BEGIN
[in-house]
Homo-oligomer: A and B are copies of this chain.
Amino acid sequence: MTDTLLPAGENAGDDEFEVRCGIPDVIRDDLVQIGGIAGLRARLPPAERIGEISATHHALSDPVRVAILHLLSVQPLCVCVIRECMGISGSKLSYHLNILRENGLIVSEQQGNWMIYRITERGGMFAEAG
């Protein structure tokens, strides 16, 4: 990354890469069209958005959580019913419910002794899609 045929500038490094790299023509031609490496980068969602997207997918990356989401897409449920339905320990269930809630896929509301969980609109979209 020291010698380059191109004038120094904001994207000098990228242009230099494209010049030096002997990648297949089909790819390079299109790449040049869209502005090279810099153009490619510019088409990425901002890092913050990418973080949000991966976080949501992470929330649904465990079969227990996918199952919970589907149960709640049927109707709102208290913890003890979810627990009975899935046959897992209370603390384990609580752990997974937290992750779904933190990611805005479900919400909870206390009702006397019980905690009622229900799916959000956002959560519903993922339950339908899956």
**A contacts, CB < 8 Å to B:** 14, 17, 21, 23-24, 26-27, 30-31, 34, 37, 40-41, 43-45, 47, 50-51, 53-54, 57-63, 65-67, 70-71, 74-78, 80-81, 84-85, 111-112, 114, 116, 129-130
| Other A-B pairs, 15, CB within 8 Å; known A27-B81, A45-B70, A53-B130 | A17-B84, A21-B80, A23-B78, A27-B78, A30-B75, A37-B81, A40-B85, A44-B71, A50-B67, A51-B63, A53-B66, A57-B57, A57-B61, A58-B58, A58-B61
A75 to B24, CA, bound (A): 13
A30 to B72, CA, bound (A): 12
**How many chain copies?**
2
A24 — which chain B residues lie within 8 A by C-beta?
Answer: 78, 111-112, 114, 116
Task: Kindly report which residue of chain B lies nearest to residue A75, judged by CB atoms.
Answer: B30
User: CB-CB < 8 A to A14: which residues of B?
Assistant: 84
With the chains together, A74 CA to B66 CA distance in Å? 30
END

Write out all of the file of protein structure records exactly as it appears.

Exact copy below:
[in-house]
Homo-oligomer: A and B are copies of this chain.
Amino acid sequence: MTDTLLPAGENAGDDEFEVRCGIPDVIRDDLVQIGGIAGLRARLPPAERIGEISATHHALSDPVRVAILHLLSVQPLCVCVIRECMGISGSKLSYHLNILRENGLIVSEQQGNWMIYRITERGGMFAEAG
């Protein structure tokens, strides 16, 4: 990354890469069209958005959580019913419910002794899609 045929500038490094790299023509031609490496980068969602997207997918990356989401897409449920339905320990269930809630896929509301969980609109979209 020291010698380059191109004038120094904001994207000098990228242009230099494209010049030096002997990648297949089909790819390079299109790449040049869209502005090279810099153009490619510019088409990425901002890092913050990418973080949000991966976080949501992470929330649904465990079969227990996918199952919970589907149960709640049927109707709102208290913890003890979810627990009975899935046959897992209370603390384990609580752990997974937290992750779904933190990611805005479900919400909870206390009702006397019980905690009622229900799916959000956002959560519903993922339950339908899956």
**A contacts, CB < 8 Å to B:** 14, 17, 21, 23-24, 26-27, 30-31, 34, 37, 40-41, 43-45, 47, 50-51, 53-54, 57-63, 65-67, 70-71, 74-78, 80-81, 84-85, 111-112, 114, 116, 129-130
| Other A-B pairs, 15, CB within 8 Å; known A27-B81, A45-B70, A53-B130 | A17-B84, A21-B80, A23-B78, A27-B78, A30-B75, A37-B81, A40-B85, A44-B71, A50-B67, A51-B63, A53-B66, A57-B57, A57-B61, A58-B58, A58-B61
A75 to B24, CA, bound (A): 13
A30 to B72, CA, bound (A): 12
**How many chain copies?**
2
A24 — which chain B residues lie within 8 A by C-beta?
Answer: 78, 111-112, 114, 116
Task: Kindly report which residue of chain B lies nearest to residue A75, judged by CB atoms.
Answer: B30
User: CB-CB < 8 A to A14: which residues of B?
Assistant: 84
With the chains together, A74 CA to B66 CA distance in Å? 30